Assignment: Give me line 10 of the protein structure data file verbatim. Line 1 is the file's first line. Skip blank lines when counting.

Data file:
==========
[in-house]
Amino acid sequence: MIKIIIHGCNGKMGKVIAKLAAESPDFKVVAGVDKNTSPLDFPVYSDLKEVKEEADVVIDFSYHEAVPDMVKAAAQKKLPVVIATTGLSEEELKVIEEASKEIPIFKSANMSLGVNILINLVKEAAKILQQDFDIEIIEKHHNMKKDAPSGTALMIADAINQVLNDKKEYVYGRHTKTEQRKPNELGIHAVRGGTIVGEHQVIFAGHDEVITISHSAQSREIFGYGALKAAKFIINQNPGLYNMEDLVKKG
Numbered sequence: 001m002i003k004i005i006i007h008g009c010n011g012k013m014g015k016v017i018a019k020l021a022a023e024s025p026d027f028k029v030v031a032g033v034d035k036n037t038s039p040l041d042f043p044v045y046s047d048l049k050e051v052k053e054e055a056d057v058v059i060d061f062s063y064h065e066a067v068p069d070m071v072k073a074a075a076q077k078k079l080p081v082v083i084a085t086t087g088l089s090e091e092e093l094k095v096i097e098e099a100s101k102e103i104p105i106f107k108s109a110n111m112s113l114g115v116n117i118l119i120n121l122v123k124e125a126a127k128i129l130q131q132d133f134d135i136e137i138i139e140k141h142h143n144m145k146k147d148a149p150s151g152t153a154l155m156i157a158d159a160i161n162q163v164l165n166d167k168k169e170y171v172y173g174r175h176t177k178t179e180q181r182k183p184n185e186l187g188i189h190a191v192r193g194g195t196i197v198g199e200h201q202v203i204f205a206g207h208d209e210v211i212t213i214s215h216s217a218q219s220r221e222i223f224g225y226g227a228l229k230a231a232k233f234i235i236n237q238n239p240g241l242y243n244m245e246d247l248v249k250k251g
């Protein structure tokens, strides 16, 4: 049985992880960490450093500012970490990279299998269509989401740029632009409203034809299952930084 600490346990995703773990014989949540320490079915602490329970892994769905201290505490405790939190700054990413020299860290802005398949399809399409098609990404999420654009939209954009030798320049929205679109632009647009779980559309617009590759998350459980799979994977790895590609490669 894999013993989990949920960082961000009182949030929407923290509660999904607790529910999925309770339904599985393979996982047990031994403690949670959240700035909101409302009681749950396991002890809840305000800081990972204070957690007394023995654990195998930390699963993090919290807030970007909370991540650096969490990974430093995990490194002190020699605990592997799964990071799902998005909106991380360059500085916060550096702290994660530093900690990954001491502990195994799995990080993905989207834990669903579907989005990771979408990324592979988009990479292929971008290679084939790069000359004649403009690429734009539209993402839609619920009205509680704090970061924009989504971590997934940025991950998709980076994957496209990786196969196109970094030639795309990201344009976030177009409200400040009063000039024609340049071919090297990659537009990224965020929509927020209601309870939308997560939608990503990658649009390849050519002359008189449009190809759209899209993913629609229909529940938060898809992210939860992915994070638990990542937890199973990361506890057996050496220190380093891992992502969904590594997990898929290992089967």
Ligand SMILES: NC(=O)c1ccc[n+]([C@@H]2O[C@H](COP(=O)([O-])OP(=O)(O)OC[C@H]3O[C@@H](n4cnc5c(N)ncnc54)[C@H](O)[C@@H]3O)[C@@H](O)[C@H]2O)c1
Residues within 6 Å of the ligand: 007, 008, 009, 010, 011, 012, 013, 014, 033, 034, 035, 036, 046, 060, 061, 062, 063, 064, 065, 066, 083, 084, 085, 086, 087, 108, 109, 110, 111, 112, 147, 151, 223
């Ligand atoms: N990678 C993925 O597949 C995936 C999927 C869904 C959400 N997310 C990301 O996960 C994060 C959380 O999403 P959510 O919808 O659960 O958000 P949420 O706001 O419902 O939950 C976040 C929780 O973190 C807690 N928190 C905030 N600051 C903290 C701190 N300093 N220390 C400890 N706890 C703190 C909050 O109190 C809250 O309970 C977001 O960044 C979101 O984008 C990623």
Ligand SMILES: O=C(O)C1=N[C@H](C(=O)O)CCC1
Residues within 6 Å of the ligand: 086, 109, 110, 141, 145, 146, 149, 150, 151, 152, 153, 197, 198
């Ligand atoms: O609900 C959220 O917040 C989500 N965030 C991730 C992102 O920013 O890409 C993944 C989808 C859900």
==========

């Ligand atoms: O609900 C959220 O917040 C989500 N965030 C991730 C992102 O920013 O890409 C993944 C989808 C859900």